Apple Retains iMessage Metadata, Including IP Addresses – Doesn’t Intercept Your Conversations


Following Allo's failed privacy promises, security experts have discovered that Apple hasn't been providing its promised privacy features with iMessage either. Apple promises that your iMessage conversations are safe and are limited to your own access. New research discovers that the premier messaging service does leave some breadcrumbs that can be accessed by law enforcement and others.

The Cupertino tech giant won all hearts with its battle with the FBI over user privacy. The San Bernardino case became one of the most talked-about cases of the year as the FBI tried to use it to force tech companies into handing over data and creating security vulnerabilities in their own products. Apple stayed firm on its position of protecting user privacy over law enforcement's incessant and often ridiculous demands of weakening user security, and came out as a determined privacy advocate.

Apple logs your iMessage contacts

The company promises that its iMessage service, like Telegram and WhatsApp, is free from government snooping, as the company doesn't store anything on its own servers. A latest report by The Intercept reveals that if compelled by a court order, Apple can reveal details about a user's iMessage contacts and IP addresses.

It's not surprising that Apple has to store some metadata in its own servers in order to verify whether the recipient uses iMessage or not. While this data could be used by the state agencies, what is worrying is Apple retaining the IP addresses. For a company that has remained outspoken about user privacy, this goes against its own fight over user privacy. Apple has previously claimed that the company doesn't "store data related to customers' location." However, this data could very well be used to track iMessage users despite them believing that they are using a service that touts end-to-end encryption as its primary feature.

Conversations which take place over iMessage and FaceTime are protected by end-to-end encryption so no one but the sender and receiver can see or read them. Apple cannot decrypt that data. Similarly, we do not store data related to customers’ location, Map searches or Siri requests in any identifiable form. - Apple in 2013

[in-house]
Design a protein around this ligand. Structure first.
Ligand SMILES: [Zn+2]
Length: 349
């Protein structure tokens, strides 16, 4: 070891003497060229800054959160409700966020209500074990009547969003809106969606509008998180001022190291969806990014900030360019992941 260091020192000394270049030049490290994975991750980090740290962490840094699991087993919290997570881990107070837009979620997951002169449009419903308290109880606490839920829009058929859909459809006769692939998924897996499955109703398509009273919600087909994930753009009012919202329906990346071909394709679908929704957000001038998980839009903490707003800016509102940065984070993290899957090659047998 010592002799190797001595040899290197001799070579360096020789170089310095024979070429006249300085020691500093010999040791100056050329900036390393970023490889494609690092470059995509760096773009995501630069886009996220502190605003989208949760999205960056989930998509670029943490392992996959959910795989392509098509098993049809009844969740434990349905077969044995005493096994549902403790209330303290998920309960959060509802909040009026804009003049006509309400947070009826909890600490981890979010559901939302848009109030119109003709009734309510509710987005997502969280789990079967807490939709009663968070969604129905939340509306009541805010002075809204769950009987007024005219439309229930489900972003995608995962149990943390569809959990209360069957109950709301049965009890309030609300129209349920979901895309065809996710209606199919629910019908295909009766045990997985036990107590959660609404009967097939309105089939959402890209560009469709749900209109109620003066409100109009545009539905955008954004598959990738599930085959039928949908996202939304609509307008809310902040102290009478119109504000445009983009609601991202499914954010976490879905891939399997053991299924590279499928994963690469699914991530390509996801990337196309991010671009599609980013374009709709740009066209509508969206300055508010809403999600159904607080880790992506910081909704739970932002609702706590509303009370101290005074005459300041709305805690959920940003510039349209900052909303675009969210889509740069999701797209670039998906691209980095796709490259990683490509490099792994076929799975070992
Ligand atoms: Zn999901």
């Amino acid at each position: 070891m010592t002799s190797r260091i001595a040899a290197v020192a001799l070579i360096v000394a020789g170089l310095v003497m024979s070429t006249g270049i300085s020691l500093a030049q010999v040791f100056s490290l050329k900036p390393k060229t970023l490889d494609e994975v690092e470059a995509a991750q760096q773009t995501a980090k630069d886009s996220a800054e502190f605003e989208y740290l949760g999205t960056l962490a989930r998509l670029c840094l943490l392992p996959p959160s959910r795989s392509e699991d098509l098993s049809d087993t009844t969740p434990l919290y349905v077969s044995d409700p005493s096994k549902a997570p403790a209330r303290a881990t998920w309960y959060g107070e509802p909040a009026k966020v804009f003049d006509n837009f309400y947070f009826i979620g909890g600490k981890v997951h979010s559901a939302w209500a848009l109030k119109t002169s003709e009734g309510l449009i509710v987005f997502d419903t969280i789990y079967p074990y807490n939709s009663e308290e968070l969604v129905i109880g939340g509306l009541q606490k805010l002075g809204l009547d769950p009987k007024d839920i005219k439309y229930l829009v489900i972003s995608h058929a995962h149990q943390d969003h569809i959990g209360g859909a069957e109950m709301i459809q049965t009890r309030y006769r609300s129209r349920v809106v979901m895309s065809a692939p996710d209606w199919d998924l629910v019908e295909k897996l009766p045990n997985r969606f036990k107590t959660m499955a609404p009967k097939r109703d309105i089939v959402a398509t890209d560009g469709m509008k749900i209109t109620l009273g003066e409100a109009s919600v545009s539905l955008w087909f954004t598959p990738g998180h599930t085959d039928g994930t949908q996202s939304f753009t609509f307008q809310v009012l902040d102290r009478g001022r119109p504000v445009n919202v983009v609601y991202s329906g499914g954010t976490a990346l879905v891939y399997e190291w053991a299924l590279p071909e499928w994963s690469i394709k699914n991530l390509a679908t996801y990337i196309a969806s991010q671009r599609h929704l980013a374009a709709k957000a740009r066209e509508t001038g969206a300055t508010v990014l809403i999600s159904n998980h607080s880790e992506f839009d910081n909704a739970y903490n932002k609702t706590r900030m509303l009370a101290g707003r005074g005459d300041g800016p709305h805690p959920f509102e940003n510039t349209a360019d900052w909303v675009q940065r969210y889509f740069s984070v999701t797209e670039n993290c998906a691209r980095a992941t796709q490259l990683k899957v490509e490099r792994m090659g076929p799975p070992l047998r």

The company doesn't have access to the actual conversations. But this metadata can be used by sophisticated threat actors (or government agencies) to piece together information. Apple confirmed to The Intercept that these logs are only stored for 30 days. However, as the publication has pointed out, "court orders of this kind can typically be extended in an additional 30-day periods, meaning a series of monthlong log snapshots from Apple could be strung together by police to create a longer list of whose numbers someone has been entering."

When law enforcement presents us with a valid subpoena or court order, we provide the requested information if it is in our possession. Because iMessage is encrypted end-to-end, we do not have access to the contents of those communications. In some cases, we are able to provide data from server logs that are generated from customers accessing certain apps on their devices. We work closely with law enforcement to help them understand what we can provide and make clear these query logs don’t contain the contents of conversations or prove that any communication actually took place. - Apple's response.

It is a routine practice for communication agencies like phone companies to hand over customer metadata to law enforcement. But iMessage is considered as a relatively secure alternative to texting. Making it possible for LEAs to track iMessage users goes against the promises that Apple has made to its users. While we do need more technology companies to start vocally advocating user privacy and security, tech leaders also need to be more open about the technical details that are kept hidden under the cloaks and may reveal potentially risky information about users.

- These details come from a document "iMessage FAQ for Law Enforcement," part of a much larger cache originating from a state police agency, "The Florida Department of Law Enforcement's Electronic Surveillance Support Team."

Source & Image